A BBC investigation into one company following the suicide of a ‘student’ who sank £13,000 into debt after attending one of its courses, may be the tipping point for government and industry action.
For many years property investment training ‘academies’ have been busy touting themselves as a quick-fix solution for those either looking to pay off debts, ‘get rich quick’, or invest in property with very little cash.
But while many property ‘bootcamps’ and “masterminds” offer legitimate courses for wannabe landlords and buy-to-let investors, too many are thinly disguised scams that tread a thin line between legality and fraud, aided by a total lack of industry regulation or oversight.
For over a decade some industry communicators such as propertytribes.com, Paul Shamplina and more recently Cyril Thomas’s Property Investors Bureau (PIB) have been putting the activities of the “wealth creation” industry under the spotlight.
Property Tribes has fended off numerous legal challenges over the years for allowing substantiated commentary within its forums, thereby creating a community-generated due diligence resource.
Meanwhile PIB is attempting to bring together the legitimate operators into one organisation and freeze out the cowboys.
And then, on 18th January, the BBC’s Inside Out investigation team broadcast a programme looking at property trainer Samuel Leeds.
About three years ago Leeds struck out by himself and has gathered a 100,000-fan following on YouTube, promising to ‘change people’s financial lives forever’ via his Property Investors website, books, videos and courses.
But the BBC programme highlighted the tragic case of Danny Butcher, a former soldier who killed himself after trying to clear his debts by enrolling on a £13,000 course run by Property Investors.
Although his story of deepening debt and despair is saddening, it is not unusual, and Property Tribes has told LandlordZone that they are constantly contacted by people seeking redress.
Often, they have paid significant sums to trainers and mentors and then find that they have nothing to show for it and/or the training promises have not been fulfilled.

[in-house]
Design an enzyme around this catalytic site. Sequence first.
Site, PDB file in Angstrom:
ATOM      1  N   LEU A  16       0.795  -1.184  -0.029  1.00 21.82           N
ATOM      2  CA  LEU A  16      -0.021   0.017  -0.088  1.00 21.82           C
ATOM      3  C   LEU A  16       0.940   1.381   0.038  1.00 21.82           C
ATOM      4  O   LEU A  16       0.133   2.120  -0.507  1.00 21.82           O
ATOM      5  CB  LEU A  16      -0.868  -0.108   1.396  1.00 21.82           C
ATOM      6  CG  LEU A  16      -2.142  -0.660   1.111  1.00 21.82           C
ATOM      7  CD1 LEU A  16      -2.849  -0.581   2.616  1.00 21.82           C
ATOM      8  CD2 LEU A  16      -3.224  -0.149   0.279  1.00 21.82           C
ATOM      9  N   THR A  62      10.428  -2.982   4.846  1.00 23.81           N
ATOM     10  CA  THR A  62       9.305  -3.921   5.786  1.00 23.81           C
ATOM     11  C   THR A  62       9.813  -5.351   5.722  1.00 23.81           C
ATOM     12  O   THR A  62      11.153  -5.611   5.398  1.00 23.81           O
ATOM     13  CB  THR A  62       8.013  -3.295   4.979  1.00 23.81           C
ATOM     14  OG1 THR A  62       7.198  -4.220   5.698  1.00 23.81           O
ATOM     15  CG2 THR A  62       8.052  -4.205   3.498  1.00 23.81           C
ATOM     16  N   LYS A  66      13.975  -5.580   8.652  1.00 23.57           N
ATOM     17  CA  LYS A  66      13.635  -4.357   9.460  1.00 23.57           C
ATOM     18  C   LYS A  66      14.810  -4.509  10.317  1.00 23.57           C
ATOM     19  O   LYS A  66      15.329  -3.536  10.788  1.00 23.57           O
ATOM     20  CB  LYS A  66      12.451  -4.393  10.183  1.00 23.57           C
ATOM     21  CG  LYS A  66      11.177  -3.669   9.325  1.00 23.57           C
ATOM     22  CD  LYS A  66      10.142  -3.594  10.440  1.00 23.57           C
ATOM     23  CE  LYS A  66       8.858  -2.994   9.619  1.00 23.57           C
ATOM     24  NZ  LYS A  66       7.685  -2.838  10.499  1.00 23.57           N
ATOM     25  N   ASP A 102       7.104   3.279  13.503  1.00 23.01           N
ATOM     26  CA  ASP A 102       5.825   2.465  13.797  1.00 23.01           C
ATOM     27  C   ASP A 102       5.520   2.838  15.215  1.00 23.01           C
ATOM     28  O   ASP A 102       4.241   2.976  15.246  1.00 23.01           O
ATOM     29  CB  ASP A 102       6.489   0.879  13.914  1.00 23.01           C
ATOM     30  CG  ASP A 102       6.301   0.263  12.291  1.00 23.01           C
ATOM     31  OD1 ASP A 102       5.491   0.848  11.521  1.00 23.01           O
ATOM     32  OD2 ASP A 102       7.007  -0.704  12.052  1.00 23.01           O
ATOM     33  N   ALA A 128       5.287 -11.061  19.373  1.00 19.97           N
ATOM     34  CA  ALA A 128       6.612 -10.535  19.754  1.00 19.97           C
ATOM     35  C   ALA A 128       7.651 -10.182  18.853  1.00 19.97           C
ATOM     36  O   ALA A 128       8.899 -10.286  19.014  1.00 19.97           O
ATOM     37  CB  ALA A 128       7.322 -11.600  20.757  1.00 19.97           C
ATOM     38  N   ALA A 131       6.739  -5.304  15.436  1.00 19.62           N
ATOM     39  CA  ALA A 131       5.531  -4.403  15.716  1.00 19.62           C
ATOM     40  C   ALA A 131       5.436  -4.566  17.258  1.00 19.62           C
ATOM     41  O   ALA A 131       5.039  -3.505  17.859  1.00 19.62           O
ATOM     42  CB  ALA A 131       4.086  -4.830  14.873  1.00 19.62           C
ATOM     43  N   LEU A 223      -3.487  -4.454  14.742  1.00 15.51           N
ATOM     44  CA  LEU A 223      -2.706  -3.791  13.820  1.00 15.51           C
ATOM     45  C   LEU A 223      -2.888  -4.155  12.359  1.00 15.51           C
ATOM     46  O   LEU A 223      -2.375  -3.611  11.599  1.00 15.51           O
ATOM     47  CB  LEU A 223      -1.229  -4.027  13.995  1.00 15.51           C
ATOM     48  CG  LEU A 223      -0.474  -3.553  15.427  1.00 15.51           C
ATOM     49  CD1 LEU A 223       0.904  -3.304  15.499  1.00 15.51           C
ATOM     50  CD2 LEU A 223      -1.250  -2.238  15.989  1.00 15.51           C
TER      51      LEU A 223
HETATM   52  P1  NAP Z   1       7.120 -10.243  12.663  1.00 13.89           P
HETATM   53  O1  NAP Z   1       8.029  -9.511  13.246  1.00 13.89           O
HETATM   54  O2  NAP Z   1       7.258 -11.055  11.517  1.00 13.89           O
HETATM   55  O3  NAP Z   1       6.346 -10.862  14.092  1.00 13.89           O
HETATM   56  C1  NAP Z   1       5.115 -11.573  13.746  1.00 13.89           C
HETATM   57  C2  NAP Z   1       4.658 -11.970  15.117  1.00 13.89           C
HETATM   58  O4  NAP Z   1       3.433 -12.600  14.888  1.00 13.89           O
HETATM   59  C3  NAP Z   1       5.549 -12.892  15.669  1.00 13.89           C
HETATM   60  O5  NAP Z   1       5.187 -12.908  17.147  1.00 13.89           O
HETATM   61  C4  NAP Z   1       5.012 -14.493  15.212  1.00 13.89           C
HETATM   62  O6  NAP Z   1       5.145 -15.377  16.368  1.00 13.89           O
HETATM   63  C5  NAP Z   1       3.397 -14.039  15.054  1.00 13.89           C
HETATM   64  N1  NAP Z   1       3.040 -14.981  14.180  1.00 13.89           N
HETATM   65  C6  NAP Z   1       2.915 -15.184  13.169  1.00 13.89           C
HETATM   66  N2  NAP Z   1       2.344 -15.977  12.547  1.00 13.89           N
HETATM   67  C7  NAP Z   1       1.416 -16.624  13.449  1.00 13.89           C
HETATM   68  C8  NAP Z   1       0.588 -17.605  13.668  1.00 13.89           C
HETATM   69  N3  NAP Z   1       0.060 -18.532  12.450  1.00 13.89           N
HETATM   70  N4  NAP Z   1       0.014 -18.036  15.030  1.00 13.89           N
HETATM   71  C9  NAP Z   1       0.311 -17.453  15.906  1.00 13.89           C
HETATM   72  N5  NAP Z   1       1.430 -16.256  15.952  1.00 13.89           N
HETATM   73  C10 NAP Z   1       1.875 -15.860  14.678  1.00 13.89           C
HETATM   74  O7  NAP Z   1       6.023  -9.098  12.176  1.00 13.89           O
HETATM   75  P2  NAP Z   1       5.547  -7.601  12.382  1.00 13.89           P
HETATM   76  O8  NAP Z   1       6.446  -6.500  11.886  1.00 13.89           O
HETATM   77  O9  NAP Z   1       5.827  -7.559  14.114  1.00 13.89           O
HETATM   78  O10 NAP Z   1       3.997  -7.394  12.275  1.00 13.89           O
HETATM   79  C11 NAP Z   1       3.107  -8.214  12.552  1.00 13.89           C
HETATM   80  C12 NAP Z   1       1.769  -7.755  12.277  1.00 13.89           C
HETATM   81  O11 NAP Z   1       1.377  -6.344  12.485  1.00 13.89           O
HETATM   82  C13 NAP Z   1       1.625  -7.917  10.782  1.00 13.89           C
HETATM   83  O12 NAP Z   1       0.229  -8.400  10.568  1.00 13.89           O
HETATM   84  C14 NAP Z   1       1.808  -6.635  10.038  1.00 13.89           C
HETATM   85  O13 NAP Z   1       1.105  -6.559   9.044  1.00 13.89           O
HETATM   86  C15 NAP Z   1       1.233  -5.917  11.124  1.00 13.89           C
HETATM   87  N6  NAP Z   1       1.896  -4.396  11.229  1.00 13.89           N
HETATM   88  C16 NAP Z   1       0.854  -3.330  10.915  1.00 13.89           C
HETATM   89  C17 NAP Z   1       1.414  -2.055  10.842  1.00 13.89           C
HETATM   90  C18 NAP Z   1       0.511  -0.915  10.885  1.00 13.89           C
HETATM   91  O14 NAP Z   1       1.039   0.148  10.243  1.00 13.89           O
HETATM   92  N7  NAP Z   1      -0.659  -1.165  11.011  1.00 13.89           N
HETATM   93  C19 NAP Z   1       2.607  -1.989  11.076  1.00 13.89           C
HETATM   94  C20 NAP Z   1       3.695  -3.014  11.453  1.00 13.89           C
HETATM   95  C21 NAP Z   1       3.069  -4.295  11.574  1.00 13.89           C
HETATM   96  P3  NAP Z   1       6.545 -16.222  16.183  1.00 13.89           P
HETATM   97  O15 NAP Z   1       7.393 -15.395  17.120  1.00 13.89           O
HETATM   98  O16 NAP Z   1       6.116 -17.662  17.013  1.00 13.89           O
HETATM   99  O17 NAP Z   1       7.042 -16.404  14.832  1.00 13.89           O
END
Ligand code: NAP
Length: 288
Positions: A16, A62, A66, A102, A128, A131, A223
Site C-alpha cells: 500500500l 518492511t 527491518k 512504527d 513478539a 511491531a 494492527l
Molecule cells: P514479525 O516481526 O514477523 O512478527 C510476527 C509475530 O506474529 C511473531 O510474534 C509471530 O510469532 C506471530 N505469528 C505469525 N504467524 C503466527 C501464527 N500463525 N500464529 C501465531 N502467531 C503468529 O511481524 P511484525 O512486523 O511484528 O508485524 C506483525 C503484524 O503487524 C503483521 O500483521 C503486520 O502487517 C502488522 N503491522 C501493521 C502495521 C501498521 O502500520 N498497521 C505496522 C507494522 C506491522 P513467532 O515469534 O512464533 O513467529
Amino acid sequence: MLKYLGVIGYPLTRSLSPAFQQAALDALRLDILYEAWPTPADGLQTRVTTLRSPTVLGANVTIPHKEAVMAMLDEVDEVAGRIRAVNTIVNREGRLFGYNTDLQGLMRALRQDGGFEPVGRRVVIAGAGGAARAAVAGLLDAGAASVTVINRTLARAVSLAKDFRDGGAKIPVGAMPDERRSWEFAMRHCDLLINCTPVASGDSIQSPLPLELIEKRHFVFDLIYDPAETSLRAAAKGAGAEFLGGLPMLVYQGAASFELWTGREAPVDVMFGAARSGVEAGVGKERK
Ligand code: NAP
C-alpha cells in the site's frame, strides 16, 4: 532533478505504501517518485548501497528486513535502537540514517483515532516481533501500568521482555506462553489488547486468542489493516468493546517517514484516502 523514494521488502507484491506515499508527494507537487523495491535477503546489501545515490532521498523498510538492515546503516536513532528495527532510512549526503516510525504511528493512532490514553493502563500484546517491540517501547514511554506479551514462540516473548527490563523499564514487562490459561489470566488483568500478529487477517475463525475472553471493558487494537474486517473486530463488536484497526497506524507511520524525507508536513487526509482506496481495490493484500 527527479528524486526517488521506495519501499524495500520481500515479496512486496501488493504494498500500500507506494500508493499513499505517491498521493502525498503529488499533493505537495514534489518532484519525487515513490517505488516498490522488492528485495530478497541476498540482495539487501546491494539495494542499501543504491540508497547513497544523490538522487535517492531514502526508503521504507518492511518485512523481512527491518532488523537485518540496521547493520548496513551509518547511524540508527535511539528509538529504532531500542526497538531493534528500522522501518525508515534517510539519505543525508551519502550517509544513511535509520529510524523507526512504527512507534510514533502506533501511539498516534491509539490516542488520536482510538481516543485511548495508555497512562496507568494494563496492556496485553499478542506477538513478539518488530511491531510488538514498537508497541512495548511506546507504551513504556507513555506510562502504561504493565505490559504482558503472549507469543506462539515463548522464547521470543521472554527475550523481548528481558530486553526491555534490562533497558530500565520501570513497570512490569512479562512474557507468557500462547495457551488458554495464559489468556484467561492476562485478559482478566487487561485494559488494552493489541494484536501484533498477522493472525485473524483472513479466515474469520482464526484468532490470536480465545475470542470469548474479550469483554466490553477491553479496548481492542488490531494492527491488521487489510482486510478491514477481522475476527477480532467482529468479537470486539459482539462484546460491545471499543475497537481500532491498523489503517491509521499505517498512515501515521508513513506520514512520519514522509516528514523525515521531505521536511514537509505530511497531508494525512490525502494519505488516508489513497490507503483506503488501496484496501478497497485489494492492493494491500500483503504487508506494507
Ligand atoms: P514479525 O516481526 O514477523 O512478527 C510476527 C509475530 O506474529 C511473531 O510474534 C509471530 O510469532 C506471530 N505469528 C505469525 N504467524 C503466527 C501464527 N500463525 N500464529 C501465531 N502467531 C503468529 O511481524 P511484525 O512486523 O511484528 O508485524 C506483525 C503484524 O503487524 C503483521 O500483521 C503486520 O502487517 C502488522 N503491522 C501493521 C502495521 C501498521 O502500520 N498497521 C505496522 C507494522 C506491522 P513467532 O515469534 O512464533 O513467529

Property Tribes community started raising concerns about Samuel Leeds back in mid-2017 and there is a thread over 90 pages (with over 950 comments) about him.
These document the experiences of former mentees along with other due diligence based insights as to the credentials of Samuel Leeds to be offering property training.
But the industry also has a dark side – anyone, including journalists, commentators and former clients of companies like Property Investors, have faced aggressive and both legitimate and illegitimate attempts to frighten them into silence or get negative social media commentary removed.
“Their industry is in a mess and, because of the high transactional nature of property, it will always attract ego-driven sharks,” says Nick Tadd, the co-founder of Property Tribes.
“The problem is that these courses can be ramped up very quickly and draw 1,000 people into a room and then convert 100 to courses at £10,000 – £15,000 each, but it’s very hard to then deliver the training needed for mentees to succeed, and see it through.
“Furthermore, many of the mentees do not actually have the financial position to get involved in property in the first place, either not having deposits and/or not being able to access BTL finance,” says Tadd.
Time is running out as the Government now has the ‘wealth creation’ industry on its radar. For the legitimate ones, there is now an opportunity to shine and address the issues with their industry and agree to work to more professional standards.
Meanwhile, hundreds of people are losing fortunes to the rogues and are suffering with few if any routes of redress.
Paul Shamplina, who has been involved in setting up the PIB, says: “This property education industry now has to take a hard look at itself and the good ethical trainers separate themselves from the ‘self-confessed gurus’, who are hard selling to people, some vulnerable but who should not be sold a course in the first place. “Property education is essential, but only if it’s taught properly. At the moment there is no redress for the public and I’m delighted the Property Redress Scheme is stepping in to offer it.”